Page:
7. ^ Thornalley PJ (2003). "Glyoxalase I—structure, function and a critical role in the enzymatic defence against glycation". Biochem. Soc. Trans. 31 (Pt 6): 1343–8. doi:10.1042/BST0311343. PMID 14641060.
  8. ^ Vander Jagt DL (1993). "Glyoxalase II: molecular characteristics, kinetics and mechanism". Biochem. Soc. Trans. 21 (2): 522–7. PMID 8359524.
  9. ^ Galligan JJ, Wepy JA, Streeter MD, Kingsley PJ, Mitchener MM, Wauchope OR, Beavers WN, Rose KL, Wang T, Spiegel DA, Marnett LJ (September 2018). "Methylglyoxal-derived posttranslational arginine modifications are abundant histone marks". Proc Natl Acad Sci. 115 (37): 9228–9233. doi:10.1073/pnas.1802901115. PMID 30150385.
  10. ^ Zheng Q, Omans ND, Leicher R, Osunsade A, Agustinus AS, Finkin-Groner E, D'Ambrosio H, Liu B, Chandarlapaty S, Liu S, David Y (March 2019). "Reversible histone glycation is associated with disease-related changes in chromatin architecture". Nat Comm. 10 (1): 1289. doi:10.1038/s41467-019-09192-z. PMID 30894531.
  11. ^ Oya, Tomoko; Hattori, Nobutaka; Mizuno, Yoshikuni; Miyata, Satoshi; Maeda, Sakan; Osawa, Toshihiko; Uchida, Koji (1999). "Methylglyoxal Modification of Protein". Journal of Biological Chemistry. 274 (26): 18492–18502. doi:10.1074/jbc.274.26.18492. PMID 10373458.
  12. ^ Rabbani N; Godfrey, L; Xue, M; Shaheen, F; Geoffrion, M; Milne, R; Thornalley, PJ (May 26, 2011). "Glycation of LDL by methylglyoxal increases arterial atherogenicity. A possible contributor to increased risk of cardiovascular disease in diabetes". Diabetes. 60 (7): 1973–80. doi:10.2337/db11-0085. PMC 3121424. PMID 21617182.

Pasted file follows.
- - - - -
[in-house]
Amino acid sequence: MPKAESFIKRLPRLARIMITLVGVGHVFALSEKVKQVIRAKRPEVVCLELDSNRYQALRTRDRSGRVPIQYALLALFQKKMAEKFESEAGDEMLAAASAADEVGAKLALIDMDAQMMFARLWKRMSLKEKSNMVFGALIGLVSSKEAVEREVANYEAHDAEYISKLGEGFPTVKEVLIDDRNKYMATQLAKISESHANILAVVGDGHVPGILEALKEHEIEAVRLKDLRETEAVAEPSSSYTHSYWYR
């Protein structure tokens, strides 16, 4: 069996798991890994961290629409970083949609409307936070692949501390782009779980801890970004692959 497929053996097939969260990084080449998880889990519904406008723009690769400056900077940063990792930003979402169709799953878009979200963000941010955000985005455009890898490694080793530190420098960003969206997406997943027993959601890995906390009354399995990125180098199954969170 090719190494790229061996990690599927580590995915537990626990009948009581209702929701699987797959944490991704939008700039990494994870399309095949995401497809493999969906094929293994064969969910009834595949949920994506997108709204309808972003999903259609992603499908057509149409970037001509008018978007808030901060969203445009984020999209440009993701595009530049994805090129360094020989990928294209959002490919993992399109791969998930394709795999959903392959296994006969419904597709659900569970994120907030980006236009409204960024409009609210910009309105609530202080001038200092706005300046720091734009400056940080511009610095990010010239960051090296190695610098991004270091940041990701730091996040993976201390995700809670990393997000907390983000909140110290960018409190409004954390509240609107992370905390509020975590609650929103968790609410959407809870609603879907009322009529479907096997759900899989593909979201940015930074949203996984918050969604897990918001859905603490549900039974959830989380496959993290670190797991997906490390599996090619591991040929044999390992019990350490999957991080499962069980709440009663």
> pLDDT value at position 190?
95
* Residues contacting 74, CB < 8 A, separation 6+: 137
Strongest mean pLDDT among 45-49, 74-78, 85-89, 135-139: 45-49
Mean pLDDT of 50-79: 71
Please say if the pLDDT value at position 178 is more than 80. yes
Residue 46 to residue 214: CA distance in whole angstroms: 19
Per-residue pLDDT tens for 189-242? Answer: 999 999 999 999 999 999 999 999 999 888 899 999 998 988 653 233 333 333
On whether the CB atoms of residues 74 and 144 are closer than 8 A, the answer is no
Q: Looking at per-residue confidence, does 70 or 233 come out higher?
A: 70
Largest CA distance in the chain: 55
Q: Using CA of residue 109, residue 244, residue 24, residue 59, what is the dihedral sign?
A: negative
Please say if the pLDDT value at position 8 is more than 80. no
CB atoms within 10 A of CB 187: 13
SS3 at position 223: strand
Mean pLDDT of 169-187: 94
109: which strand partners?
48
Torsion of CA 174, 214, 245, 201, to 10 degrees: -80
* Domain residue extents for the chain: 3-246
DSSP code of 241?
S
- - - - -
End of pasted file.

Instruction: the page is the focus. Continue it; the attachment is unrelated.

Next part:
13. ^ Spektrum: Diabetische Neuropathie: Methylglyoxal verstärkt den Schmerz: DAZ.online. Deutsche-apotheker-zeitung.de (2012-05-21). Retrieved on 2012-06-11.
  14. ^ Bierhaus, Angelika; Fleming, Thomas; Stoyanov, Stoyan; Leffler, Andreas; Babes, Alexandru; Neacsu, Cristian; Sauer, Susanne K; Eberhardt, Mirjam; et al. (2012). "Methylglyoxal modification of Nav1.8 facilitates nociceptive neuron firing and causes hyperalgesia in diabetic neuropathy". Nature Medicine. 18 (6): 926–33. doi:10.1038/nm.2750. PMID 22581285.
  15. ^ Israili, ZH (2014). "Antimicrobial properties of honey". American Journal of Therapeutics. 21 (4): 304–23. doi:10.1097/MJT.0b013e318293b09b. PMID 23782759.